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Make Your Agile ‘WAIT’ Visible & Worthwhile

Waiting for something or someone is one of the mos... Read More

Realizing You Are ‘WRONG’ In Agile: Relooking Agile Tenets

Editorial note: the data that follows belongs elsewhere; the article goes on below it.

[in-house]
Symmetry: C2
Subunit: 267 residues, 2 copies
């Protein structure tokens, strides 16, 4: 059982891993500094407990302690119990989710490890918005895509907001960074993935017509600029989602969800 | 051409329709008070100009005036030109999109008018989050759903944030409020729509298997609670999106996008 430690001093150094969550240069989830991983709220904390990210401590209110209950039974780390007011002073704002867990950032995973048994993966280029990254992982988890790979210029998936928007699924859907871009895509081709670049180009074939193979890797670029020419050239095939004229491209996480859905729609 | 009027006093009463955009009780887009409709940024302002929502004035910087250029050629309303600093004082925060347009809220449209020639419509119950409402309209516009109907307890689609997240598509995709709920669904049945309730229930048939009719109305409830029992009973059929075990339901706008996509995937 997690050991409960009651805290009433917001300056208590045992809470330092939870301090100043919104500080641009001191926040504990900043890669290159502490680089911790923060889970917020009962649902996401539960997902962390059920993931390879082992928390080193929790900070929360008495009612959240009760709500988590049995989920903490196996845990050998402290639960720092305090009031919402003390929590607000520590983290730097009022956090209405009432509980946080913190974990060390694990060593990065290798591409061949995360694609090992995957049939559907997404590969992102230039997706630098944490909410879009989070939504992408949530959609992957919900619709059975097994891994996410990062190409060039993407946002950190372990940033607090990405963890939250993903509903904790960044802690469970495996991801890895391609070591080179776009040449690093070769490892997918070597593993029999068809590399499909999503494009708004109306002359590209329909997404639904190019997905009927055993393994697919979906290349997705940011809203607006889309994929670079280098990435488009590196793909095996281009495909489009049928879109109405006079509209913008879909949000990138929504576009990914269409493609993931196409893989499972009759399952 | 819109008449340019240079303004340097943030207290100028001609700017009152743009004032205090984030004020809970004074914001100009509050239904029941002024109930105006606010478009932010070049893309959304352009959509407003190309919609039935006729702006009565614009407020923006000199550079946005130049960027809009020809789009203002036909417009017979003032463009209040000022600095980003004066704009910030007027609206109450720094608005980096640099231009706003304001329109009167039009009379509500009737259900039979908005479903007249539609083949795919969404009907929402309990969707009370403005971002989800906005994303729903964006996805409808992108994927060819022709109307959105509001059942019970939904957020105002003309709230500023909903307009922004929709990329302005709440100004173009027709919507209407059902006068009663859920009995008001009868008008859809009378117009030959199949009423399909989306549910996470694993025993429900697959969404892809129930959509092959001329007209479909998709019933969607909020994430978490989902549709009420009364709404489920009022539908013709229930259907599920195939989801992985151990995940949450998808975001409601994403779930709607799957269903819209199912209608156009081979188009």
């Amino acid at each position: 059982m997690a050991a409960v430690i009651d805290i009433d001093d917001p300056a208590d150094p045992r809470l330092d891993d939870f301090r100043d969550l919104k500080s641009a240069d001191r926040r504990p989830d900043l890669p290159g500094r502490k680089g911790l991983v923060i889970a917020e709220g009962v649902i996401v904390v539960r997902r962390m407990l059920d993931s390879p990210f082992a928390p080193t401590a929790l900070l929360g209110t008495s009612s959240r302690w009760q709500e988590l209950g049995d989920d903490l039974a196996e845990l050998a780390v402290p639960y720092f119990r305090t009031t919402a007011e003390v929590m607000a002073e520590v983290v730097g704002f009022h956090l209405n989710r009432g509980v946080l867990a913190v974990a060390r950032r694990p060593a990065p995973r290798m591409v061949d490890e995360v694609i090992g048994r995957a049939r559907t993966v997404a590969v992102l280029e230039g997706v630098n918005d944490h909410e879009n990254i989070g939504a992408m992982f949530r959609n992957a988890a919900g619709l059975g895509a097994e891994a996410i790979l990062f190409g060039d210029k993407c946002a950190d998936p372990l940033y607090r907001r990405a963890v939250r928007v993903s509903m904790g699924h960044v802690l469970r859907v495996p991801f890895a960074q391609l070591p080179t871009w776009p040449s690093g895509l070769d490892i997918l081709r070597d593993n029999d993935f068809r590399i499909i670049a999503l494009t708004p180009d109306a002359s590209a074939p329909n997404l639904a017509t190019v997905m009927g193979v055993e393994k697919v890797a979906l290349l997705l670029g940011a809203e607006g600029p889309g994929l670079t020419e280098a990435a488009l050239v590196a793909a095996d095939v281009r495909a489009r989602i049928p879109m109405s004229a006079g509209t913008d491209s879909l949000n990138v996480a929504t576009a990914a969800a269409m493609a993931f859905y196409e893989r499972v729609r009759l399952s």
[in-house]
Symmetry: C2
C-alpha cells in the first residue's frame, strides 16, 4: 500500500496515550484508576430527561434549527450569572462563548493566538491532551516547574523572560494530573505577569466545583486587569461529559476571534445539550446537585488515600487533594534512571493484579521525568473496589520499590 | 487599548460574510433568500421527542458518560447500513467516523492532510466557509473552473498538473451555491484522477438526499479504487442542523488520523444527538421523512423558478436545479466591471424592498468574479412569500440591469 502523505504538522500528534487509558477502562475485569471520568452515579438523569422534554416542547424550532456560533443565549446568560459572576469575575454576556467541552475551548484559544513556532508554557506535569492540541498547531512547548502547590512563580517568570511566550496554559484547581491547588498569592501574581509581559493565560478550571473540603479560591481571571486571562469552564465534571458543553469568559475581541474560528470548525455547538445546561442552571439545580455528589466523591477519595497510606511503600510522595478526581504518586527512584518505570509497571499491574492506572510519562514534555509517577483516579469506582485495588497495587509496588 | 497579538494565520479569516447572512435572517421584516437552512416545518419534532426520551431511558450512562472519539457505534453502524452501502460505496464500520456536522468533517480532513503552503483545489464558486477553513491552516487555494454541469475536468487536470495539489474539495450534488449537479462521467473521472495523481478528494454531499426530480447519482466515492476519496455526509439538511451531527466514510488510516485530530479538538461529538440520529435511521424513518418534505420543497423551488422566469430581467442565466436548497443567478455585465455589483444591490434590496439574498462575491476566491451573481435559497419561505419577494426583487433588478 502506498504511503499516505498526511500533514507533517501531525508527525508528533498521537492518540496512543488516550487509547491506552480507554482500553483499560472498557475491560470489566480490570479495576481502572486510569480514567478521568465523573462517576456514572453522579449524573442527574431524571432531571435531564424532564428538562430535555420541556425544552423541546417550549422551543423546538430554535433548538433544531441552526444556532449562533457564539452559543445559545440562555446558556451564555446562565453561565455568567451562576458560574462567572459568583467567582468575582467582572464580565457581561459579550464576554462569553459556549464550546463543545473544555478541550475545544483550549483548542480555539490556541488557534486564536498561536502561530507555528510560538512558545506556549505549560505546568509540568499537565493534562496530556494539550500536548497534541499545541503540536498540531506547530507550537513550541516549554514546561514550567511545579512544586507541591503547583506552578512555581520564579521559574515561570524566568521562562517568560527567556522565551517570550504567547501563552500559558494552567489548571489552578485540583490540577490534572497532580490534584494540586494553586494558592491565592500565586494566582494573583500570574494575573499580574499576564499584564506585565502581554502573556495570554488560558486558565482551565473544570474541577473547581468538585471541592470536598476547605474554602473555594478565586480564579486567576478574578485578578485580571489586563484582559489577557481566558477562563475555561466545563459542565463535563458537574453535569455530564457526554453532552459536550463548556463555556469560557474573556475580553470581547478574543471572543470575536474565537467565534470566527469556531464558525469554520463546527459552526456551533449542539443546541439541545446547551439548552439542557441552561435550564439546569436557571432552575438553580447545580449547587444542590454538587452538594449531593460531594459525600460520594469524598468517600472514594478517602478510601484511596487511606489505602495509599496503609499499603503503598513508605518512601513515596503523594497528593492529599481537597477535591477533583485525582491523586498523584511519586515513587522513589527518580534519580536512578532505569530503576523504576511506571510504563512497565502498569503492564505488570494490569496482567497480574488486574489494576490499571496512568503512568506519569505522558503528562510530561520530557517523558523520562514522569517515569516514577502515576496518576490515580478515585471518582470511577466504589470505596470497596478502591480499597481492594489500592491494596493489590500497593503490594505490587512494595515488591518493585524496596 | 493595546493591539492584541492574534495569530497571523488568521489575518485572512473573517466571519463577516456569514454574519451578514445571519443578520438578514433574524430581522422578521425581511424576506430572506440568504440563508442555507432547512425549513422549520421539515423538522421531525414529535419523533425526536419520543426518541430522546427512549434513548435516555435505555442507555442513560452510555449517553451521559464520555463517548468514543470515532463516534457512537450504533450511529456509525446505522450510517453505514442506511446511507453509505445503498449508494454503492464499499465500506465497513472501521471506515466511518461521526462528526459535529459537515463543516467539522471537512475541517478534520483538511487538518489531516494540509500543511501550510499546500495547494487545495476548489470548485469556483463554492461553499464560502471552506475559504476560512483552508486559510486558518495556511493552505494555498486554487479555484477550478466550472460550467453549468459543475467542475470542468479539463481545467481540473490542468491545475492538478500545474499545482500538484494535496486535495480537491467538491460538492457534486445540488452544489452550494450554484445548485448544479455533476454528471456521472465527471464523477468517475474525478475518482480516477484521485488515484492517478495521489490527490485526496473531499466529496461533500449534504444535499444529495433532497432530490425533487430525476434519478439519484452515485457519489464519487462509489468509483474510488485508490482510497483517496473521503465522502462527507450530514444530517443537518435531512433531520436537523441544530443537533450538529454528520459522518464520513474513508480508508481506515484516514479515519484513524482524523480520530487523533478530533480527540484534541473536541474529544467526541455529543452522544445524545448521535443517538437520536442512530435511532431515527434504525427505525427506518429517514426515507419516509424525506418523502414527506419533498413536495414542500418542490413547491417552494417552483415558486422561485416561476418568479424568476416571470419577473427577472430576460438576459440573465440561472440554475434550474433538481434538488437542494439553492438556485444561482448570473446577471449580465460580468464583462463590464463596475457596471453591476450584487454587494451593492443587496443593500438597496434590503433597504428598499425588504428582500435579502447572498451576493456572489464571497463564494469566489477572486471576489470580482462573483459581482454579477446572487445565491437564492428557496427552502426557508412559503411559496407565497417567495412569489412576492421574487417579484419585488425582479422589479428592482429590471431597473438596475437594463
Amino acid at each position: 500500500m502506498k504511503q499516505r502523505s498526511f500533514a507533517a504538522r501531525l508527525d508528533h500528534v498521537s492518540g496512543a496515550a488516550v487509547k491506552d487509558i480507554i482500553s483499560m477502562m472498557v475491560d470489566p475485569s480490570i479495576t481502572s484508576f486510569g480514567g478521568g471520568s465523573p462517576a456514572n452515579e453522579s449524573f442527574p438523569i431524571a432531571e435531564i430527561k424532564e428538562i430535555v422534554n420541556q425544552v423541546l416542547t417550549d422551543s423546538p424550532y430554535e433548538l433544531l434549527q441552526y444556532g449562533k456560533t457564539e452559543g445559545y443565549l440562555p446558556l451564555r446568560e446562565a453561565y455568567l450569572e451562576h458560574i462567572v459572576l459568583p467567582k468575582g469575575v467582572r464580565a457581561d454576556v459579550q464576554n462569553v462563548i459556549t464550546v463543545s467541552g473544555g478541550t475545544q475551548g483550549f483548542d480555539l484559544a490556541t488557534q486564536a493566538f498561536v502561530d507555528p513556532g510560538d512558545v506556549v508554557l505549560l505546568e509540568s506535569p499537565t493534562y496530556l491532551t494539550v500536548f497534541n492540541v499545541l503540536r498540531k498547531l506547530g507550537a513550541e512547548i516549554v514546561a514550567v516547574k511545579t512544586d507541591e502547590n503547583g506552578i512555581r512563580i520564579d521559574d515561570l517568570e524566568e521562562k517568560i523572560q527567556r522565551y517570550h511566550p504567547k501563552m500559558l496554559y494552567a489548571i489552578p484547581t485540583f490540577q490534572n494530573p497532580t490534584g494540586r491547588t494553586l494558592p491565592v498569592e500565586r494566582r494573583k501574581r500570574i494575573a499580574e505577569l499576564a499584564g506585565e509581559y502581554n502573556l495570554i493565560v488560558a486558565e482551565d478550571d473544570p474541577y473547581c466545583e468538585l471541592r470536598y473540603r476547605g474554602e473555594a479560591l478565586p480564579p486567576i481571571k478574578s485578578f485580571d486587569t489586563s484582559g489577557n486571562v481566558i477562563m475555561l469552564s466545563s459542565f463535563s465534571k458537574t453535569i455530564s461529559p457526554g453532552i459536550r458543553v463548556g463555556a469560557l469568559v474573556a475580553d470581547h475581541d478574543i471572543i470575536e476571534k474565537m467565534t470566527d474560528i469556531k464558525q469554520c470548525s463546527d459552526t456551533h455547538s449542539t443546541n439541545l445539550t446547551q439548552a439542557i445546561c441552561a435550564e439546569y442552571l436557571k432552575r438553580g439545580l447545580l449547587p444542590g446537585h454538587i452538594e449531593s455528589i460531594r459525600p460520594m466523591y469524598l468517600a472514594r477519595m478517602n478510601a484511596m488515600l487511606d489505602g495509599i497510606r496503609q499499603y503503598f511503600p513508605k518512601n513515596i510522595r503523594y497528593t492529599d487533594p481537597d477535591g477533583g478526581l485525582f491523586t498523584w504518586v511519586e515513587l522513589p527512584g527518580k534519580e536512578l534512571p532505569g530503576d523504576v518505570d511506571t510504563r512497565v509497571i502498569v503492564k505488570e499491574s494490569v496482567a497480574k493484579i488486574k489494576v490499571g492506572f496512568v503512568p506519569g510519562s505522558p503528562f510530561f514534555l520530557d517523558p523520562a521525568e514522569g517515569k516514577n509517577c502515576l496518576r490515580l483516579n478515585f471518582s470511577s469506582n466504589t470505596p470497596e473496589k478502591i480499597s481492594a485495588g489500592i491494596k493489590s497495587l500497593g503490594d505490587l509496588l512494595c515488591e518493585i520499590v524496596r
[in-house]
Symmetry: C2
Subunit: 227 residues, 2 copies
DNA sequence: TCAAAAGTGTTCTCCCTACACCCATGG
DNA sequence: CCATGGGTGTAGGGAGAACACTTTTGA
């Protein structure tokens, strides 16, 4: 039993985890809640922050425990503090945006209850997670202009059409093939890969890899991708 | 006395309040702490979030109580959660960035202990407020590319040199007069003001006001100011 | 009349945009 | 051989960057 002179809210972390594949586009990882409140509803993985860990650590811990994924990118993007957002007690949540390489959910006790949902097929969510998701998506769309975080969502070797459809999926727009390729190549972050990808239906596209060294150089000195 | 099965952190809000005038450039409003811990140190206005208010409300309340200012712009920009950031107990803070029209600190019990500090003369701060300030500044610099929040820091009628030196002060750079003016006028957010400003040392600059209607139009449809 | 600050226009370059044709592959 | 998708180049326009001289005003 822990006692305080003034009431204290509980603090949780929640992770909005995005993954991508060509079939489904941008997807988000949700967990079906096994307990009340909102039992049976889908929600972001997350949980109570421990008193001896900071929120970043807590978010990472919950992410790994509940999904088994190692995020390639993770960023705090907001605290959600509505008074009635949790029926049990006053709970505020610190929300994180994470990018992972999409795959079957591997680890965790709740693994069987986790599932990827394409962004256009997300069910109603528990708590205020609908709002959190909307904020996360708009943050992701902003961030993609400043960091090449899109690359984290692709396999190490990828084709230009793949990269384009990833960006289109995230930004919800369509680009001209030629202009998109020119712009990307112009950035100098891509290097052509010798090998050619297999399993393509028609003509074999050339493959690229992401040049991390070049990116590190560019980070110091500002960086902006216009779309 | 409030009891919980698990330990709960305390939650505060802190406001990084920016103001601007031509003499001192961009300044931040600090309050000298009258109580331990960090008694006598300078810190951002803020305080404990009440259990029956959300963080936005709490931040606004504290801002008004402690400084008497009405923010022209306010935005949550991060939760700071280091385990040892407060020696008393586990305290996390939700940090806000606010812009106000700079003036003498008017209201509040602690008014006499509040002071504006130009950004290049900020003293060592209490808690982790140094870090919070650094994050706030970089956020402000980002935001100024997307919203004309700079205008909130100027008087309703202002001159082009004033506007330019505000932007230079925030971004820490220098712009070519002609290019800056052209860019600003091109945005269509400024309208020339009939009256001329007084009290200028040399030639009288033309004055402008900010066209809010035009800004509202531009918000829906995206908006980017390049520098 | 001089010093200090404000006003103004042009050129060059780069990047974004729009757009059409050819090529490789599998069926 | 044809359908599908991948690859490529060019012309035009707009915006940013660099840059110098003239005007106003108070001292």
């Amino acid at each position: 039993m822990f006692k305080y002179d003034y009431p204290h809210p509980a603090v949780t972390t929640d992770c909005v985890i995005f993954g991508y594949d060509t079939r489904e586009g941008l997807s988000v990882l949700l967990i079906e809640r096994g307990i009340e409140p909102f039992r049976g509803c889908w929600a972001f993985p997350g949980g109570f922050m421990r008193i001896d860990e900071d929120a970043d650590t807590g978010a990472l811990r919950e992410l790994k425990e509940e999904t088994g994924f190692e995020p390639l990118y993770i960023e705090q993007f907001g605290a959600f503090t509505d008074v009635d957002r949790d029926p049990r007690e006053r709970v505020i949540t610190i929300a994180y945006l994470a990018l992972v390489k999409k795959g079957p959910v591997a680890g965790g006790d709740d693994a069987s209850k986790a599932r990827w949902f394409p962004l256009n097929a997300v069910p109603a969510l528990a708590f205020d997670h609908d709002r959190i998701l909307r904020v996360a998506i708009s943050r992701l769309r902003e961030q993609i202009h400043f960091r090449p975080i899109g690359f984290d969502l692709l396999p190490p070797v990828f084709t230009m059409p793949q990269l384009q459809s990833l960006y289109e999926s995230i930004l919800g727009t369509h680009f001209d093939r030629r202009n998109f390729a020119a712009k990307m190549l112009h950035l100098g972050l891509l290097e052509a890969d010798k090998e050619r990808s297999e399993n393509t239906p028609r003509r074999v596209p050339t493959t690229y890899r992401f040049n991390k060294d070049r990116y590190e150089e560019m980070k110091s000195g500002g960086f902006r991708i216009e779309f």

Solution development today involves a lot of trial and error. This results in teams doing multiple iterations in order to figure out the best possible way to make things work. But how do you determine whether you are doing the ‘right thing’? How do you ascertain whether you are going down the right path? More importantly, when do you establish that it is the right time to stop?Fail Fast, Learn FasterOne of the key principles in Agile is to ‘Fail fast & learn rapidly’. In simple terms, this means that teams should try things out, demonstrate to relevant stakeholders, get feedback and adopt the learning as early as possible. This is better identified as the ‘Plan-Execute-Inspect-Adapt’ cycle in Agile. Teams may end up doing this cycle for a particular feature or a task over and over again in an iterative manner. More often than not, this will make the solution stronger and seldom it will fail. But when do you call the feature ‘Done’?  Even so, are these stories ‘Really Done’?The definition of ‘Done’An important concept in Agile is what we call the ‘Definition of Done (DoD)’. In simple terms, it includes the circumstances under which we determine that a story or feature is completed. It helps teams determine when to move a feature card to the ‘done’ state in an information radiator.The definition of done is unique from project to project and from team to team. Before the start of the project, the team must sit together to determine the criteria that constitutes a definition of done. Below is an example of a well-crafted DoD.The feature must be elaborated and acceptance criteria defined with examplesThe solution / component must be designed, reviewed and agreed uponThe UI design is doneCode is developedCode reviews are done and passedUnit tests are done and passedQA testing is done and passedFeature is integrated into the main solutionIntegration testing is done and passedWe normally move the story to ‘Done’ state if all criteria are met. However, more often than not the feature requires changes or revisiting in the future. This may result in a new story being created in the backlog to do the necessary changes. So in reality, the story is not ‘done-done’.Achieving the done-done stateDoes the ‘done-done’ state really exist? Yes, it can happen. When the story doesn’t require any more changes and never crops up in the future then it really is ‘done-done’. The team may be required to do multiple iterations to get the solution to such a state.Obviously, this process involves a cost. Cost to the sponsor in terms of resources (human and non-human) consumed, opportunity cost and the cost of waste in the form of mistakes, defects, and throwaways.                                                                   “That which does not kill us, makes us stronger”                                                                        Friedrich Nietzsche (German Philosopher)So how long should you continue? This is like a situation where a rock climber tries to climb a perpendicular mountain. The climber will use his hands & legs, his climbing gear, and his willpower to propel him forward step by step. He will lose his grip, slip and lose ground multiple times. But he will get up and keep on climbing till he reaches the summit. But if it becomes too dangerous and if the risk is not worth it, he will bail out and stop climbing.Know when to bail outIt is important for Agile teams to know when to quit. In Agile terms, we call it ‘Pivoting’. To pivot is to understand that you are doing something wrong, quit iterating and move on with another feature. There are multiple reasons as to when you may decide to pivot.Read this article for examples of pivoting.https://techcrunch.com/sponsored/pivoting-to-success-agile-founders-who-turned-their-companies-on-a-dime/Agile teams are most probably ‘wrong’ when,The cost to implement the feature or to move it to ‘done’ state increases exponentiallyThe opportunity cost of foregoing other tasks, features or even projects is extremely largeThe ROI gets diminished fastThe end is not in sight – You keep on iterating and doing improvements but what you are doing is so uncertain and ambiguous that you are unable to see the finishing lineThe ‘done-done’ state never materializesAbove are just some reasons as to realize that you are most probably doing something wrong. Act fast to identify this and quit what you are doing. It may really be pointless for you to keep on iterating and more beneficial for you to invest your time and energy on something else.So, act wise!! Fail fast, learn fast and most importantly pivot faster!!